As the world’s COVID-19 total passed 100 million cases today amid the threat of more-transmissible variants, anxiety grew over vaccine supplies amid promising news of effectiveness and more production capacity.
Packaging boost comes from Sanofi
In a major development that could boost global vaccine production, Sanofi today announced that it will help supply more than 100 million doses of the Pfizer-BioNTech vaccine at its plant in Frankfurt, Germany, according to Reuters. The news came from Sanofi’s chief executive officer, Paul Hudson, during an interview with the French newspaper Le Figaro.
Sanofi has two of its own vaccines in development, which involve different platforms, but in mid-December it announced a setback for an adjuvanted recombinant protein-based vaccine that it developed with GlaxoSmithKline, with phase 2 trials postponed until February pending antigen reformulation. Sanofi is also working on an mRNA vaccine, with trials expected to begin in the next few months.
In the interview, Hudson said the company was looking for ways to help meet the urgent demand for vaccine by helping supply vaccines made by other companies. The Pfizer-BioNTech vaccine was the first to be approved for emergency use in several countries and was the first to be listed by the World Health Organization (WHO), a step that paves the way for use in lower-income countries.
Meanwhile, European Union countries have learned of reduced deliveries from two vaccine makers, AstraZeneca and Pfizer-BioNTech, and are raising concerns. The European Commission is working on a proposal that would require pharmaceutical companies to register their exports from the EU, though it said the action wouldn’t amount to an export ban, according to Reuters. It said the goal of the proposal, which could be approved by Jan 29, is to increase transparency.
In other vaccine developments:
- The WHO’s Strategic Advisory Group of Experts on Immunization (SAGE) today weighed in with recommendations for delivering the Moderna vaccine, as it did earlier this month for the Pfizer-BioNTech vaccine. For the Moderna vaccine, it recommends that doses be given 28 days apart, which could be extended to 42 days under certain circumstances.
- Early data from vaccination in Israel, a country that has won praise for its rapid rollout, revealed promising findings for the Pfizer-BioNTech vaccine, including a significant drop in infections after one dose and better-than-expected results after two doses, according to the New York Times.
B117 developments from Belgium, Philippines, and Brazil
In other quickly evolving developments, countries in different parts of the world noted increased community spread of the B117 variant first detected in the United Kingdom. Belgian health officials today estimated that the B117 variant makes up 10% to 20% of the country’s new cases, according to CNN. However, Steven Van Gucht, DVM, PhD, with the Belgian Health Authority, said there’s a lot of uncertainty with the numbers.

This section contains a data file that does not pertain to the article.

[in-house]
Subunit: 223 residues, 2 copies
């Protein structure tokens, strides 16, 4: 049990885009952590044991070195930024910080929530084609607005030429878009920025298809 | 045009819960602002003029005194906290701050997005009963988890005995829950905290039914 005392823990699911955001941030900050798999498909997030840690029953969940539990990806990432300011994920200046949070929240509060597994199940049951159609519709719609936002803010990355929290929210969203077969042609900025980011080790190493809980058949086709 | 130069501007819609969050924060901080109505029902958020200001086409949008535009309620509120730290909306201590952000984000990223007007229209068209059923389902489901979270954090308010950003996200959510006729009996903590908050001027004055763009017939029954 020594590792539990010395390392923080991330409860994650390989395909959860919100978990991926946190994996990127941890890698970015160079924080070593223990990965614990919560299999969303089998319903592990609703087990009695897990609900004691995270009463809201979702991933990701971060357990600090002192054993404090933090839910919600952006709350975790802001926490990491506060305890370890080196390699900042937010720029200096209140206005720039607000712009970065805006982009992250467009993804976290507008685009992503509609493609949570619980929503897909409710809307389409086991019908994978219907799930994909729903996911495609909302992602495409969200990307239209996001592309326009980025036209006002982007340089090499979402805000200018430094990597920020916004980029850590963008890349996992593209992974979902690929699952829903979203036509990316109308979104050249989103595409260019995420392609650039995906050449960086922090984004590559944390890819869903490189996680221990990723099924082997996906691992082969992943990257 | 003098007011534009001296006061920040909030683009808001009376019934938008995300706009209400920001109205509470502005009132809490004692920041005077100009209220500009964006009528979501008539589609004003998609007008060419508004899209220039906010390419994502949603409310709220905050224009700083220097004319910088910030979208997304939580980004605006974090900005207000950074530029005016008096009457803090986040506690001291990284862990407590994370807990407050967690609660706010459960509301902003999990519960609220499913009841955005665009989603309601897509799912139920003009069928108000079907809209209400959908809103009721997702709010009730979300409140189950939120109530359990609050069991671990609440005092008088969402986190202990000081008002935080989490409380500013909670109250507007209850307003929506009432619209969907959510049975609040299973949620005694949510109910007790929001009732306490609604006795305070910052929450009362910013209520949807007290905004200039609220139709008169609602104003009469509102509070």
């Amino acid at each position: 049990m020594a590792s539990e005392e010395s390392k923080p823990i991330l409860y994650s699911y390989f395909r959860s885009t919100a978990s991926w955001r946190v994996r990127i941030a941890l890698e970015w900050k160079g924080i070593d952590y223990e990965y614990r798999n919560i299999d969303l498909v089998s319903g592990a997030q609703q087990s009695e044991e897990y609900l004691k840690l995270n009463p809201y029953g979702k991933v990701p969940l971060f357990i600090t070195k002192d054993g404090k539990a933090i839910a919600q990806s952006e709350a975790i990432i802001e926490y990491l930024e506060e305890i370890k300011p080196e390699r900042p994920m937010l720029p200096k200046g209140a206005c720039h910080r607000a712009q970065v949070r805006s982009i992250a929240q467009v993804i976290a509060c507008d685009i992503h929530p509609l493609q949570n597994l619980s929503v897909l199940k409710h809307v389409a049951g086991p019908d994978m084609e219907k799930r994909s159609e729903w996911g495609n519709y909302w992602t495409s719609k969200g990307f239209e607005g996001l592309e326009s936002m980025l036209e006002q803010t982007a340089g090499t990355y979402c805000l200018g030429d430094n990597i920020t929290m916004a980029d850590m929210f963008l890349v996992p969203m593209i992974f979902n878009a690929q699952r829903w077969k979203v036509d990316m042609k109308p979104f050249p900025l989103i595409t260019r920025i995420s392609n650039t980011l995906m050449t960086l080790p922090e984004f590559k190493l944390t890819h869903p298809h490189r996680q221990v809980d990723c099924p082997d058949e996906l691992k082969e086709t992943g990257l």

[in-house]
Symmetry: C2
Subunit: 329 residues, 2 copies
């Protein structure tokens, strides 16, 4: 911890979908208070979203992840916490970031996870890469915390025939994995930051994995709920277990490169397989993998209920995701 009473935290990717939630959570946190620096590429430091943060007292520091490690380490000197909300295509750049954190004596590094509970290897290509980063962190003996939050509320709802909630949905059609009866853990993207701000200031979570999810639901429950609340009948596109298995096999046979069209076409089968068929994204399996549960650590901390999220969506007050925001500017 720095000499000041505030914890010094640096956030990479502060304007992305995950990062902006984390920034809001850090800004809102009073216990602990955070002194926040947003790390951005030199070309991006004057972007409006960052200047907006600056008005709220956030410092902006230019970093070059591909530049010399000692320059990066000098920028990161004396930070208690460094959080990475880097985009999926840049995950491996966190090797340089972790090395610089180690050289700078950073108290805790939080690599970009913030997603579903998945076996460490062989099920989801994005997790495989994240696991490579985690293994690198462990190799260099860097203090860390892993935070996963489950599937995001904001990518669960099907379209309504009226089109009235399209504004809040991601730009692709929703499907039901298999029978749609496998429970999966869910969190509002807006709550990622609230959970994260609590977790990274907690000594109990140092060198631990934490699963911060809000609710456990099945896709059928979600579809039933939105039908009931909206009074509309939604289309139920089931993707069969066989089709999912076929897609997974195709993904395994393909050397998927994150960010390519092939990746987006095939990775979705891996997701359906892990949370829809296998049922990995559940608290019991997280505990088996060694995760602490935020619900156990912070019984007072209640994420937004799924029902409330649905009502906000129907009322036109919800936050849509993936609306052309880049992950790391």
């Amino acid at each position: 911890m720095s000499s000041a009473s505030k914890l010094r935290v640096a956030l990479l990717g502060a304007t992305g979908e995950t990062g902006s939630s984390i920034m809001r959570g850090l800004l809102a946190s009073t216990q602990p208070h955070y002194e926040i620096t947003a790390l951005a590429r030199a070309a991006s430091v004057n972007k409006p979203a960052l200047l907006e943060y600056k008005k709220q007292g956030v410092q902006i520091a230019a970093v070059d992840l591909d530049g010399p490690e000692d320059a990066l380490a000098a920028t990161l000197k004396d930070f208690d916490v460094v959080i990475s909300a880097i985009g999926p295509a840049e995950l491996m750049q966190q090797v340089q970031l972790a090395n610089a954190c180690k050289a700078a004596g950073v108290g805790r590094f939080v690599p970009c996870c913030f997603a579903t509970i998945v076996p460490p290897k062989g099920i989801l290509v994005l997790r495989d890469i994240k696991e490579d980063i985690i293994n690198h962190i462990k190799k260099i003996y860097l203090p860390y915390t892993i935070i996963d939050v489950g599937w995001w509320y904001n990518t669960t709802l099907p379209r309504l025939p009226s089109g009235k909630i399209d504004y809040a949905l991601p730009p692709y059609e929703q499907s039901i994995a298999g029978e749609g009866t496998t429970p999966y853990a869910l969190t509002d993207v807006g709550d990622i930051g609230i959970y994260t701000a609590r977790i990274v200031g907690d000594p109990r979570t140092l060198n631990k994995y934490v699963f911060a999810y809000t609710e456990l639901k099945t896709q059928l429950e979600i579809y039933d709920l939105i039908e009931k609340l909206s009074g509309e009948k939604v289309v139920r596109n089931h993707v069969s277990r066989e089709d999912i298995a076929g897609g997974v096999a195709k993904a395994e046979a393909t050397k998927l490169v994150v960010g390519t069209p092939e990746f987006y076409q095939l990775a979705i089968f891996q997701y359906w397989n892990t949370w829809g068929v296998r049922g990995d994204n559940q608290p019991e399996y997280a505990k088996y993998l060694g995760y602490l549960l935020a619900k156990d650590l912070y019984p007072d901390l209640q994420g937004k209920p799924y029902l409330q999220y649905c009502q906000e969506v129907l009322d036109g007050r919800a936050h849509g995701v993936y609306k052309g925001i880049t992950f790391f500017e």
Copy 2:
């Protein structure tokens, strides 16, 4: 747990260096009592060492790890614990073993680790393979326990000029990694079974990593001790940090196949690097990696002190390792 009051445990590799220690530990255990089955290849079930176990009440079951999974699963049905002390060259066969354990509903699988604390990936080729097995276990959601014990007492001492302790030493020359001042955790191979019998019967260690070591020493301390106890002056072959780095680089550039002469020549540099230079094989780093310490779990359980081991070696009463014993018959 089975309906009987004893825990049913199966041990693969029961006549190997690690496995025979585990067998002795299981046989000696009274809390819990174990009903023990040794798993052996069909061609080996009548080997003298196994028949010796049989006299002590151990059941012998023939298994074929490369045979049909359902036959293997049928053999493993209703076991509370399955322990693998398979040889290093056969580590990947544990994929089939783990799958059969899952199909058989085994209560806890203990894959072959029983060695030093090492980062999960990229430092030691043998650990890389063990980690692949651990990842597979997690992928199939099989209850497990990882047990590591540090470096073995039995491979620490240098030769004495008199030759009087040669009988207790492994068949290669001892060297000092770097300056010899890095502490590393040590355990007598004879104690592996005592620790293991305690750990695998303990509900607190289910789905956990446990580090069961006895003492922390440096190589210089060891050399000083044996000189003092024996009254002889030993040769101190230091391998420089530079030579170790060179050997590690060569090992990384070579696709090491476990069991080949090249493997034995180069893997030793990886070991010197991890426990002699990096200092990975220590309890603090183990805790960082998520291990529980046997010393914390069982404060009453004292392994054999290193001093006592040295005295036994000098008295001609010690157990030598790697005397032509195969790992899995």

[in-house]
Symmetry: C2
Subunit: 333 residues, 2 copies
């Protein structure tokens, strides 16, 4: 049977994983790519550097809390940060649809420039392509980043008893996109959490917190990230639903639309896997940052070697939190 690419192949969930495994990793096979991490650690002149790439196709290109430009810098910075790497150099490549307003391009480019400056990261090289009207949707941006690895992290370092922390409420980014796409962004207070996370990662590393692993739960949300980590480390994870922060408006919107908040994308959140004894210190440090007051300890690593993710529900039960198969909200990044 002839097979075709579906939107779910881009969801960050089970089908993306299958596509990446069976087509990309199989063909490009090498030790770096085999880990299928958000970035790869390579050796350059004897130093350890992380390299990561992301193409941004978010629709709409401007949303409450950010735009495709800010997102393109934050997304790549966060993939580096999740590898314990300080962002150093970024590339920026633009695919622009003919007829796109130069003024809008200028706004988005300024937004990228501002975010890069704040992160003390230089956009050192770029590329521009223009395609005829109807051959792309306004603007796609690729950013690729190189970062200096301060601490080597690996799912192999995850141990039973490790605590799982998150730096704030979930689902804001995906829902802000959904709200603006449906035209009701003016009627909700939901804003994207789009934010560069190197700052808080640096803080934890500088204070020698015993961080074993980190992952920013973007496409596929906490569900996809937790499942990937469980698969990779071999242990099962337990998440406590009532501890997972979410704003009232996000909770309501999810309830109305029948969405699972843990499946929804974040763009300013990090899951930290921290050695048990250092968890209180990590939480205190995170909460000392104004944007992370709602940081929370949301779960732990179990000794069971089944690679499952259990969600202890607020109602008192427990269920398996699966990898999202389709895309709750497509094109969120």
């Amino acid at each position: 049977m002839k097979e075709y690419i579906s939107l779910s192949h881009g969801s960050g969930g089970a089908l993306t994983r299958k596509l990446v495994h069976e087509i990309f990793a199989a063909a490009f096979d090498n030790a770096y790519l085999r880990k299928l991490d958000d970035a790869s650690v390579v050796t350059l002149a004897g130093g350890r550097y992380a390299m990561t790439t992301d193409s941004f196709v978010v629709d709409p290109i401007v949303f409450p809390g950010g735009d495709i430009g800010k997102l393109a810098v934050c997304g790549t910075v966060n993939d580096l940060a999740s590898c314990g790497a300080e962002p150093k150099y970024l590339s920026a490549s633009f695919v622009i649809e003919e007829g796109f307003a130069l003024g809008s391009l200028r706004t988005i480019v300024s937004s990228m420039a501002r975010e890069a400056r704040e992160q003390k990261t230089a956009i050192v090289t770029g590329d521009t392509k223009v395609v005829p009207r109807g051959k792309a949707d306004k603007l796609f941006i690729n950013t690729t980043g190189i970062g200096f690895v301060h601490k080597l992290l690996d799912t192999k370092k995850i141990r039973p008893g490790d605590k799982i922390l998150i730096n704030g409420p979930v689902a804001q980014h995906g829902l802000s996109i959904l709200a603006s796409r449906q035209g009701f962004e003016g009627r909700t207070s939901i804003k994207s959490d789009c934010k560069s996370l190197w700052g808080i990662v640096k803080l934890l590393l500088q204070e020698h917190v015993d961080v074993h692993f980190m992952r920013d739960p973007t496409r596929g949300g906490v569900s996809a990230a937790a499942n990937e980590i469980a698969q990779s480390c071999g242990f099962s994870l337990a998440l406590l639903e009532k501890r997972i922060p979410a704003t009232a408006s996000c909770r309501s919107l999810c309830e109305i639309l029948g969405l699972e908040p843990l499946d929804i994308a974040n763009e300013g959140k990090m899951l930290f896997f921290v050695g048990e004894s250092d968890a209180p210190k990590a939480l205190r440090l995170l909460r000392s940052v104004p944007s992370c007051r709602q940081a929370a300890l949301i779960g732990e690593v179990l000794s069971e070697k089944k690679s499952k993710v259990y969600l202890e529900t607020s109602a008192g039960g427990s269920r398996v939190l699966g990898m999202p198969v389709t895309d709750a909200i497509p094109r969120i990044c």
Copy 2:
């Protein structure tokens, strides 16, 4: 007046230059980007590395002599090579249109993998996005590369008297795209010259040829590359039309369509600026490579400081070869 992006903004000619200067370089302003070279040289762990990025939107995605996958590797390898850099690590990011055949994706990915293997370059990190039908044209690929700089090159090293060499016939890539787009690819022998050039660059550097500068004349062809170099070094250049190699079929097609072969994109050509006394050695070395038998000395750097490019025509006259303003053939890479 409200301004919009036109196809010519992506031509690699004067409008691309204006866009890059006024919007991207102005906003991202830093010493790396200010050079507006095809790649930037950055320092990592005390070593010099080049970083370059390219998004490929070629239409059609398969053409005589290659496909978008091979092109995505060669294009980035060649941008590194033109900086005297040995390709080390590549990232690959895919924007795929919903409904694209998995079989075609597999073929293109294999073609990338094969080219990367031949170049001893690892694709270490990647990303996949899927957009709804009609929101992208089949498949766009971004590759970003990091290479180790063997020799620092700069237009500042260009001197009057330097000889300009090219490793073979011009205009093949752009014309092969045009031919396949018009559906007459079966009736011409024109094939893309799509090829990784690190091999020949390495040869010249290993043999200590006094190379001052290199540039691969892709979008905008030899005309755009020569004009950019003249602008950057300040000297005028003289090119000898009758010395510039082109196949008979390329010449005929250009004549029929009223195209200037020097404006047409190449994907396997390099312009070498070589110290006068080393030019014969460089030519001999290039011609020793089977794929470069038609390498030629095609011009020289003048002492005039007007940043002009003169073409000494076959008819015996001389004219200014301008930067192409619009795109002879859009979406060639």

Elsewhere, health officials in the Philippines confirmed that the B117 variant is circulating, with a cluster of 12 cases reported in Bontoc, a province in the mountainous north, according to Reuters. The country has reported 17 cases so far, the first of which was in a person who had traveled from the United Arab Emirates. The variant developments led the country’s president to abandon a plan that would have allowed children ages 10 to 14 years to go outside their homes in low-risk areas.
On the research front, Brazilian researchers yesterday said surveillance in December identified the B117 variant in two patients in Sao Paulo, hinting at two separate introductions. Writing in Emerging Infectious Diseases, they said one patient had no international travel, and the other had recently traveled from London. They said the cases suggest there may be more infections in Brazil with B117 than currently known.
Meanwhile, the UK’s health minister, Matt Hancock, said yesterday that the more transmissible variant requires the government to be more careful in lifting its lockdown. Cases have declined in the UK, but—along with deaths—are still at very high levels. Last week, government researchers said in an early analysis, the B117 variant appears to be 30% more lethal than the standard virus.
In a related development, British officials said they would share the country’s genomic sequencing capabilities with other countries to more quickly track the new variants, according to Reuters. Global health officials have lauded the country’s sequencing achievements, and the UK said it would launch the New Variant Assessment Platform to help analyze coronavirus developments and for use in future pandemics.
WHO revises clinical guidance
The WHO has revised its guidance for clinical management of patients with COVID-19, and some of the main changes include follow-up care for those with persistent or changing symptoms, use of pulse oximetry for people at home to monitor blood oxygen levels, low-dose anticoagulants to prevent blood clots in hospitalized patients, and prone positioning for those requiring supplemental oxygen or noninvasive ventilation.
In other global headlines:
- France has reported sharp spikes in COVID-19 hospitalizations and intensive care unit admissions, the highest since the country’s second surge, and Spain recorded record-high cases over the past weekend.
- China’s local cases declined today, dropping into the single digits in some of its hot spots, including Jilin and Hebei provinces, according to the country’s National Health Commission.
- The global total moved past 100 million cases, rising to 100,091,831 cases and 2,151,992 deaths, according to the Johns Hopkins online dashboard.